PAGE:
Timon D. Kornegan Jr., 27, of Manassas, VA, was arrested and charged with three felony counts of possession with the intent to distribute a schedule I/II substance, one felony count of possession of a firearm while in possession of schedule I/II substance, and one felony count of possession of a firearm by a convicted felon. Kornegan was also served outstanding warrants out of Prince William and Fauquier County.
Timothy D. Fields, 24, of Manassas, VA, was taken into custody and served with four outstanding warrants out of Prince William and Fairfax County.
All were held without bond at the Fauquier County Adult Detention Center.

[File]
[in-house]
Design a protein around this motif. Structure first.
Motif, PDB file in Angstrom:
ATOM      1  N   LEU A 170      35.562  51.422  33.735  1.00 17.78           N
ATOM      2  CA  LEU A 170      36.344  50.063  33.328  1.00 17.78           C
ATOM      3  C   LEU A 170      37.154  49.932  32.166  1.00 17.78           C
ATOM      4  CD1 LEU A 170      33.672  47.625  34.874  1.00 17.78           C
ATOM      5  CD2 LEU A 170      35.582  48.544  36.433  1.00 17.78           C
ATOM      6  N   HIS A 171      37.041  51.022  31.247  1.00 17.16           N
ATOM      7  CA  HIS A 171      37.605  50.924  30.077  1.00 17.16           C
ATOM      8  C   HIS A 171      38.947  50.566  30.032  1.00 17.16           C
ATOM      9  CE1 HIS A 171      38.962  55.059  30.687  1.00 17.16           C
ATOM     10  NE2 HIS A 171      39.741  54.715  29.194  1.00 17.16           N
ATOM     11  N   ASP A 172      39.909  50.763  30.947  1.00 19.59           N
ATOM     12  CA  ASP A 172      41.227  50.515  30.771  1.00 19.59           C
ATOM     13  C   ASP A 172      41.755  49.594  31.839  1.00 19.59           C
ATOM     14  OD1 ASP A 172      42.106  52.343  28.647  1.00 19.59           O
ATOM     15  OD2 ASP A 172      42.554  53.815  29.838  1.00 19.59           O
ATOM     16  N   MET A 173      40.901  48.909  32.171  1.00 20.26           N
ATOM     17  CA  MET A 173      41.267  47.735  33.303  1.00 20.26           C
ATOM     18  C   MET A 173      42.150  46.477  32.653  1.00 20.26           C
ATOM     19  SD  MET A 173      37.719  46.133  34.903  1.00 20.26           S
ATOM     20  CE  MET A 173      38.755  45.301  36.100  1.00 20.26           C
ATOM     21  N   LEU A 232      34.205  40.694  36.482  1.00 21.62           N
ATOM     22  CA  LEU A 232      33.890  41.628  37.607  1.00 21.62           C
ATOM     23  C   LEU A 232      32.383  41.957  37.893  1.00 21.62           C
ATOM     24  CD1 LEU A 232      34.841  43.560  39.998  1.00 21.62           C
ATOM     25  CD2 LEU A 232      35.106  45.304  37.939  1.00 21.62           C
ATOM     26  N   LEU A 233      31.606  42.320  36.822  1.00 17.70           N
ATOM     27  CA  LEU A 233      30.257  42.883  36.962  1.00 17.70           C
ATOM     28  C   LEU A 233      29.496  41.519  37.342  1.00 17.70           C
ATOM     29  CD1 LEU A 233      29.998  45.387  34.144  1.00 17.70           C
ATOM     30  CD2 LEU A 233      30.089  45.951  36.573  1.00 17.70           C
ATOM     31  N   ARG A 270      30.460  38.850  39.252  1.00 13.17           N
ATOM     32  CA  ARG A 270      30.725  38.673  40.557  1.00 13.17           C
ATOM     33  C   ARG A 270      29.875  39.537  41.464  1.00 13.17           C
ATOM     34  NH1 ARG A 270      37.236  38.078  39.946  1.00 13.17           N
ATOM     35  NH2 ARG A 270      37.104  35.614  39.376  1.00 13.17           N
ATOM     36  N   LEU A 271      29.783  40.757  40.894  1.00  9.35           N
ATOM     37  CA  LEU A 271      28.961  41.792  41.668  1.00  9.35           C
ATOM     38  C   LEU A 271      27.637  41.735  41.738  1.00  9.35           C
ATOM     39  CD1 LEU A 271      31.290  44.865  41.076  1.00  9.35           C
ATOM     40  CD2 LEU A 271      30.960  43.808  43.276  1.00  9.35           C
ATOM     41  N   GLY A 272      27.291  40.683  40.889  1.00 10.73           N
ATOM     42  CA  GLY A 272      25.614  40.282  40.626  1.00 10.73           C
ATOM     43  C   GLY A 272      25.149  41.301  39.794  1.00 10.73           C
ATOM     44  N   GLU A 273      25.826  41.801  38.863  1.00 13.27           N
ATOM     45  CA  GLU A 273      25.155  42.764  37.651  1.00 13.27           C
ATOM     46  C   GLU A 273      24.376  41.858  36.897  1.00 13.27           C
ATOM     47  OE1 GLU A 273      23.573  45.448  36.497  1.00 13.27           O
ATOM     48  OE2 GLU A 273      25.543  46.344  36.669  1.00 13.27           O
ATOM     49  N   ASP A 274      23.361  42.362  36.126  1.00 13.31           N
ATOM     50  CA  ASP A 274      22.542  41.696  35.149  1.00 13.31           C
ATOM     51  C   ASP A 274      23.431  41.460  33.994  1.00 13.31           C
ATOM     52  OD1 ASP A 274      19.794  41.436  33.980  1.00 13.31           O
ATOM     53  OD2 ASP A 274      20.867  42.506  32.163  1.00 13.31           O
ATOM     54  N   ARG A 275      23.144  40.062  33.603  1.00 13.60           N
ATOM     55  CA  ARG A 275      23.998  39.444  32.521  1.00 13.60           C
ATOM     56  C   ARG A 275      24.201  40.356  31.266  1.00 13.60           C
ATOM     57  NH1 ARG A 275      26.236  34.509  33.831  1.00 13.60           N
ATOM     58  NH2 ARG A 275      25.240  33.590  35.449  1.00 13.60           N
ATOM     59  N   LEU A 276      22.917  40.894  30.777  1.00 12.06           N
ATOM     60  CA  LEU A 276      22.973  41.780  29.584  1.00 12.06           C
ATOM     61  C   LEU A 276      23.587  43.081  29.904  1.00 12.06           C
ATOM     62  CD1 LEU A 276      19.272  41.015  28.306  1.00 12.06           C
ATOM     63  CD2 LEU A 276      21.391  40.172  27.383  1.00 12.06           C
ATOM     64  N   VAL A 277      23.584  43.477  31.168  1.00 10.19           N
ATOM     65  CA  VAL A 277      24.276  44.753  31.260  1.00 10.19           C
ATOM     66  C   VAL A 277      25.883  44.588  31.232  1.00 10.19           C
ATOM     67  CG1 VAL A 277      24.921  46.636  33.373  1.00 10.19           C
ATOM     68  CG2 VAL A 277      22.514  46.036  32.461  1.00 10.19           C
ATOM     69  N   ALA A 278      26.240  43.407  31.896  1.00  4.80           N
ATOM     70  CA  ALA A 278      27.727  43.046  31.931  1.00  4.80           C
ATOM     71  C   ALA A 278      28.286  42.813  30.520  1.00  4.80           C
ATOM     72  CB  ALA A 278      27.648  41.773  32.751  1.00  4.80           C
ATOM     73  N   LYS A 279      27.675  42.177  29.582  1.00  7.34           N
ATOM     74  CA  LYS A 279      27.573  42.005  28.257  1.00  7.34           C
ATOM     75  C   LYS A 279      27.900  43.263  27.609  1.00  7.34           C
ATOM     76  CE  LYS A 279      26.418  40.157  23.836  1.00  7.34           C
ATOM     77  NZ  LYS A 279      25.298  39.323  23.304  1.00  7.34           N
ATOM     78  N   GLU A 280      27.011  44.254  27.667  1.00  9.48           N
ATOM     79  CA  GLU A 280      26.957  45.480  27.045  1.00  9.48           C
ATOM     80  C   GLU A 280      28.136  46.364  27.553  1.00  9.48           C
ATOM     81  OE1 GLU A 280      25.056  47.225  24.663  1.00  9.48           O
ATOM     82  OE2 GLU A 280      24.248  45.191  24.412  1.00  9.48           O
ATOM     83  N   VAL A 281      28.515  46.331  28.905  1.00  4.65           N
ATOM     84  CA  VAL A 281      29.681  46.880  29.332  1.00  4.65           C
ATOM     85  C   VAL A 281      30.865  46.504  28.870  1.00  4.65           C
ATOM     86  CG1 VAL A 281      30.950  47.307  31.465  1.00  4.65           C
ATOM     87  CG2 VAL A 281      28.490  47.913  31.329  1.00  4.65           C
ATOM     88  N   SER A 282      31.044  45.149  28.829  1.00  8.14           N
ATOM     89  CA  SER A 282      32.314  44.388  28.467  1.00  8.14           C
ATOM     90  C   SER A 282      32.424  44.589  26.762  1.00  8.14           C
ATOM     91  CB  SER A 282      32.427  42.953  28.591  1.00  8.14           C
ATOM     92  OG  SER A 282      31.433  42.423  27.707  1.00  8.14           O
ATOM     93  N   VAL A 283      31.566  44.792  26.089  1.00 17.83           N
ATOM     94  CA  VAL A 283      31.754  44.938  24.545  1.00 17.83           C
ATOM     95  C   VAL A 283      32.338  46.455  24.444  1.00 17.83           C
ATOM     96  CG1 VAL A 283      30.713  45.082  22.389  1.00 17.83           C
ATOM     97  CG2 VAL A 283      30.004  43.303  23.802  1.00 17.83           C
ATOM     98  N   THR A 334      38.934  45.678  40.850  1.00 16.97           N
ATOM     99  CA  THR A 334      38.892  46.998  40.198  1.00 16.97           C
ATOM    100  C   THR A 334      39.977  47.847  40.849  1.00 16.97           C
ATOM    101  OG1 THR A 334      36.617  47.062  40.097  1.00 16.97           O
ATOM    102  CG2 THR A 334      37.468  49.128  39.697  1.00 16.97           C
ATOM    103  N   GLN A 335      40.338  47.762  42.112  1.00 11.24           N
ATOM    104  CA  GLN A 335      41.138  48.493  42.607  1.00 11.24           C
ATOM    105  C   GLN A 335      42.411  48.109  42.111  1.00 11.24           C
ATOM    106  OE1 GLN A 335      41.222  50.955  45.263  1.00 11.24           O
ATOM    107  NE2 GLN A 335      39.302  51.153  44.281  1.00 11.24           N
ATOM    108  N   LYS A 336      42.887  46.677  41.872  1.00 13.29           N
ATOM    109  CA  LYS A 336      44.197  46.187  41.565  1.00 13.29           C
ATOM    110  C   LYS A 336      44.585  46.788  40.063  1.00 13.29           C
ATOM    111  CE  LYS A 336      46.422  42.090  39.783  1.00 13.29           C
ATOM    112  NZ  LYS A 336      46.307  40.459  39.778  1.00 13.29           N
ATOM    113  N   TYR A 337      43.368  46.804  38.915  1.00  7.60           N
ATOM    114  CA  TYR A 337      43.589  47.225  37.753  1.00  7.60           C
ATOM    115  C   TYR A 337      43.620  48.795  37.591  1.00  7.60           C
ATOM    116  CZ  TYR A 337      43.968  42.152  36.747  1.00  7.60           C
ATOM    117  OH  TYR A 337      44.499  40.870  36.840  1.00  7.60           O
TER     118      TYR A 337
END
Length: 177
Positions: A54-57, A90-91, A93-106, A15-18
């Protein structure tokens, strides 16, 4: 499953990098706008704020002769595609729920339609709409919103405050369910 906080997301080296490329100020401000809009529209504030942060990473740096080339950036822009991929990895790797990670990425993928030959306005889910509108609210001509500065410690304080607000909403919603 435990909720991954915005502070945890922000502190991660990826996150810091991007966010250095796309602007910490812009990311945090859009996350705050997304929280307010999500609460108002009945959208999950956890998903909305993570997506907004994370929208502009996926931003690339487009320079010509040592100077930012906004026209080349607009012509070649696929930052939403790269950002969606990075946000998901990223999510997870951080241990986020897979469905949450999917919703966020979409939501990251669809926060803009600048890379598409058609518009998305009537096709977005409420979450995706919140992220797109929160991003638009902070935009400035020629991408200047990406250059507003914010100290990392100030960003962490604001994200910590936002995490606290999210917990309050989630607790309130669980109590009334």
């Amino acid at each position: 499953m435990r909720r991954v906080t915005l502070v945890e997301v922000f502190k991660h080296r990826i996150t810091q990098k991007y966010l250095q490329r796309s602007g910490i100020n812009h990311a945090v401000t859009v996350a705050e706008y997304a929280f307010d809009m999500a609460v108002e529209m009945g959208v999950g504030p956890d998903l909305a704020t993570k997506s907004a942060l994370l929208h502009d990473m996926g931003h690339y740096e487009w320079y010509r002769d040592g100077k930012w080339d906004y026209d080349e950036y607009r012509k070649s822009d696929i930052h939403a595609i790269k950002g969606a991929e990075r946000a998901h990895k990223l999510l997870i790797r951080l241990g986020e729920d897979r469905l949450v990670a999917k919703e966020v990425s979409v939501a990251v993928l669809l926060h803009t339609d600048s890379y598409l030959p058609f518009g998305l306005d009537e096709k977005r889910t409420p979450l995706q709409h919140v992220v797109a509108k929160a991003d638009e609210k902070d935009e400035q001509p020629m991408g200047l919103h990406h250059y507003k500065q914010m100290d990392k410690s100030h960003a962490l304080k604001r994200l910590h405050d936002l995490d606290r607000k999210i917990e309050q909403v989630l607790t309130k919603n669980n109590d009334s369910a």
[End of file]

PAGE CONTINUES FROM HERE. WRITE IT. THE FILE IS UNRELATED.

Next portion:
The Blue Ridge Narcotics and Gang Task Force is composed of law enforcement personnel from the Fauquier, Rappahannock, Culpeper, Orange, Madison Sheriff’s Offices; Culpeper, Warrenton, Orange Police Departments; and the Virginia State Police Bureau of Criminal Investigation, Culpeper Field Office.
Photos provided by the Fauquier Sheriff’s Office.
Interesting Things to Know
College recruiting becomes big money
When you think of high-paid athletes, you might think of Stephen Curry sinking long threes for the Golden State Warriors or Tom Brady slinging the pigskin for the New England Patriots (or, more recently, the Tampa Bay Buccaneers). Yet many pro athletes got started in college, including both Brady and Curry. And just as in the pros, finding talent at the college level means winning games and making money. Now, uncovering high school talent has blossomed into a big-money industry.